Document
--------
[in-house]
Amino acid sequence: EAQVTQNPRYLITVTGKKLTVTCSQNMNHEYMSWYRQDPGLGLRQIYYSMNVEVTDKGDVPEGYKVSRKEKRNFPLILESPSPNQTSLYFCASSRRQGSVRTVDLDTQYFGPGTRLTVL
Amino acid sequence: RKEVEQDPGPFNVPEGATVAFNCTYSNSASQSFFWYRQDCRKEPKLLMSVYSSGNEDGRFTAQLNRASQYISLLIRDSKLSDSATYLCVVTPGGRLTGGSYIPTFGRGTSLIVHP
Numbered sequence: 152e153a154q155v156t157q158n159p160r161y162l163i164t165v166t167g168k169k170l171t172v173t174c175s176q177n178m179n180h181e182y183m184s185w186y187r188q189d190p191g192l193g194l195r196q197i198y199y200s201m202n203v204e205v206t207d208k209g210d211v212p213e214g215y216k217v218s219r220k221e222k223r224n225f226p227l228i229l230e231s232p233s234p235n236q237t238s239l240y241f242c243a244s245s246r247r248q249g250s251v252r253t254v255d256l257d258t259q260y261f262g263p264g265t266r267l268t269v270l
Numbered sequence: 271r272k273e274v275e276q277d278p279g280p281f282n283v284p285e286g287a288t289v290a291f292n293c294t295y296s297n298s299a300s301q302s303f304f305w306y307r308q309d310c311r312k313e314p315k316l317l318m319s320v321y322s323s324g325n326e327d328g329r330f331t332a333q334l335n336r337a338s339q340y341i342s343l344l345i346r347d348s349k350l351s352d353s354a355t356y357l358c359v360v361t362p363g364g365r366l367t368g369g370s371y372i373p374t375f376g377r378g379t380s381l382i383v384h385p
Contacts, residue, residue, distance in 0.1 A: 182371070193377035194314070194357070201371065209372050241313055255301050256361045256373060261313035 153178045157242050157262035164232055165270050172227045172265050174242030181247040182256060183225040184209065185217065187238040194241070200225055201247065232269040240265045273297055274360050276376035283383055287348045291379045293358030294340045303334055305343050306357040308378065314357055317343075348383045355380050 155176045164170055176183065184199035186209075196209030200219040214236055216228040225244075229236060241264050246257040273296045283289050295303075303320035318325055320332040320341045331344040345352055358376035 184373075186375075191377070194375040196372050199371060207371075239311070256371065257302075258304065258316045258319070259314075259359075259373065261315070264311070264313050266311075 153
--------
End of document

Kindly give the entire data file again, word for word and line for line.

[in-house]
Amino acid sequence: EAQVTQNPRYLITVTGKKLTVTCSQNMNHEYMSWYRQDPGLGLRQIYYSMNVEVTDKGDVPEGYKVSRKEKRNFPLILESPSPNQTSLYFCASSRRQGSVRTVDLDTQYFGPGTRLTVL
Amino acid sequence: RKEVEQDPGPFNVPEGATVAFNCTYSNSASQSFFWYRQDCRKEPKLLMSVYSSGNEDGRFTAQLNRASQYISLLIRDSKLSDSATYLCVVTPGGRLTGGSYIPTFGRGTSLIVHP
Numbered sequence: 152e153a154q155v156t157q158n159p160r161y162l163i164t165v166t167g168k169k170l171t172v173t174c175s176q177n178m179n180h181e182y183m184s185w186y187r188q189d190p191g192l193g194l195r196q197i198y199y200s201m202n203v204e205v206t207d208k209g210d211v212p213e214g215y216k217v218s219r220k221e222k223r224n225f226p227l228i229l230e231s232p233s234p235n236q237t238s239l240y241f242c243a244s245s246r247r248q249g250s251v252r253t254v255d256l257d258t259q260y261f262g263p264g265t266r267l268t269v270l
Numbered sequence: 271r272k273e274v275e276q277d278p279g280p281f282n283v284p285e286g287a288t289v290a291f292n293c294t295y296s297n298s299a300s301q302s303f304f305w306y307r308q309d310c311r312k313e314p315k316l317l318m319s320v321y322s323s324g325n326e327d328g329r330f331t332a333q334l335n336r337a338s339q340y341i342s343l344l345i346r347d348s349k350l351s352d353s354a355t356y357l358c359v360v361t362p363g364g365r366l367t368g369g370s371y372i373p374t375f376g377r378g379t380s381l382i383v384h385p
Contacts, residue, residue, distance in 0.1 A: 182371070193377035194314070194357070201371065209372050241313055255301050256361045256373060261313035 153178045157242050157262035164232055165270050172227045172265050174242030181247040182256060183225040184209065185217065187238040194241070200225055201247065232269040240265045273297055274360050276376035283383055287348045291379045293358030294340045303334055305343050306357040308378065314357055317343075348383045355380050 155176045164170055176183065184199035186209075196209030200219040214236055216228040225244075229236060241264050246257040273296045283289050295303075303320035318325055320332040320341045331344040345352055358376035 184373075186375075191377070194375040196372050199371060207371075239311070256371065257302075258304065258316045258319070259314075259359075259373065261315070264311070264313050266311075 153